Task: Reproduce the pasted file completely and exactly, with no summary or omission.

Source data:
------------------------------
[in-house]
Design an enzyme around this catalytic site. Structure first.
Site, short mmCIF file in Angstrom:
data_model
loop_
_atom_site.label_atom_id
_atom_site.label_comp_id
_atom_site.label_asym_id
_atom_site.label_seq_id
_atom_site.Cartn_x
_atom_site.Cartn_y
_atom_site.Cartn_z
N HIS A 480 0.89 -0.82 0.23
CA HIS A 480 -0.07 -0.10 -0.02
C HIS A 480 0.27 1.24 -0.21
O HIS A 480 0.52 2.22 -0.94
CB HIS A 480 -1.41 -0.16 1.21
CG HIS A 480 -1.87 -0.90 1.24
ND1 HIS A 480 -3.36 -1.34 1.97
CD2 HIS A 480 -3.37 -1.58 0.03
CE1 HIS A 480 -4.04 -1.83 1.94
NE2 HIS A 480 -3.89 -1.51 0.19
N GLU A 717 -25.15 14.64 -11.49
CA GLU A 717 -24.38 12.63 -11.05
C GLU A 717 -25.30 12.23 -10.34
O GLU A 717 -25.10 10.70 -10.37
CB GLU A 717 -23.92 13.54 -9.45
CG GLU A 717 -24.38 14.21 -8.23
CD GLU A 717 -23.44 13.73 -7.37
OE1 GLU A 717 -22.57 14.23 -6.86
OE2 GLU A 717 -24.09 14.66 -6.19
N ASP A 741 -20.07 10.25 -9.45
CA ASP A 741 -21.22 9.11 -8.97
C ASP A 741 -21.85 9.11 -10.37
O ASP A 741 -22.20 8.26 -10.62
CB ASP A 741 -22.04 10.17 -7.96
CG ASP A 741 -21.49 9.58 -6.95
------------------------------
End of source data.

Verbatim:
[in-house]
Design an enzyme around this catalytic site. Structure first.
Site, short mmCIF file in Angstrom:
data_model
loop_
_atom_site.label_atom_id
_atom_site.label_comp_id
_atom_site.label_asym_id
_atom_site.label_seq_id
_atom_site.Cartn_x
_atom_site.Cartn_y
_atom_site.Cartn_z
N HIS A 480 0.89 -0.82 0.23
CA HIS A 480 -0.07 -0.10 -0.02
C HIS A 480 0.27 1.24 -0.21
O HIS A 480 0.52 2.22 -0.94
CB HIS A 480 -1.41 -0.16 1.21
CG HIS A 480 -1.87 -0.90 1.24
ND1 HIS A 480 -3.36 -1.34 1.97
CD2 HIS A 480 -3.37 -1.58 0.03
CE1 HIS A 480 -4.04 -1.83 1.94
NE2 HIS A 480 -3.89 -1.51 0.19
N GLU A 717 -25.15 14.64 -11.49
CA GLU A 717 -24.38 12.63 -11.05
C GLU A 717 -25.30 12.23 -10.34
O GLU A 717 -25.10 10.70 -10.37
CB GLU A 717 -23.92 13.54 -9.45
CG GLU A 717 -24.38 14.21 -8.23
CD GLU A 717 -23.44 13.73 -7.37
OE1 GLU A 717 -22.57 14.23 -6.86
OE2 GLU A 717 -24.09 14.66 -6.19
N ASP A 741 -20.07 10.25 -9.45
CA ASP A 741 -21.22 9.11 -8.97
C ASP A 741 -21.85 9.11 -10.37
O ASP A 741 -22.20 8.26 -10.62
CB ASP A 741 -22.04 10.17 -7.96
CG ASP A 741 -21.49 9.58 -6.95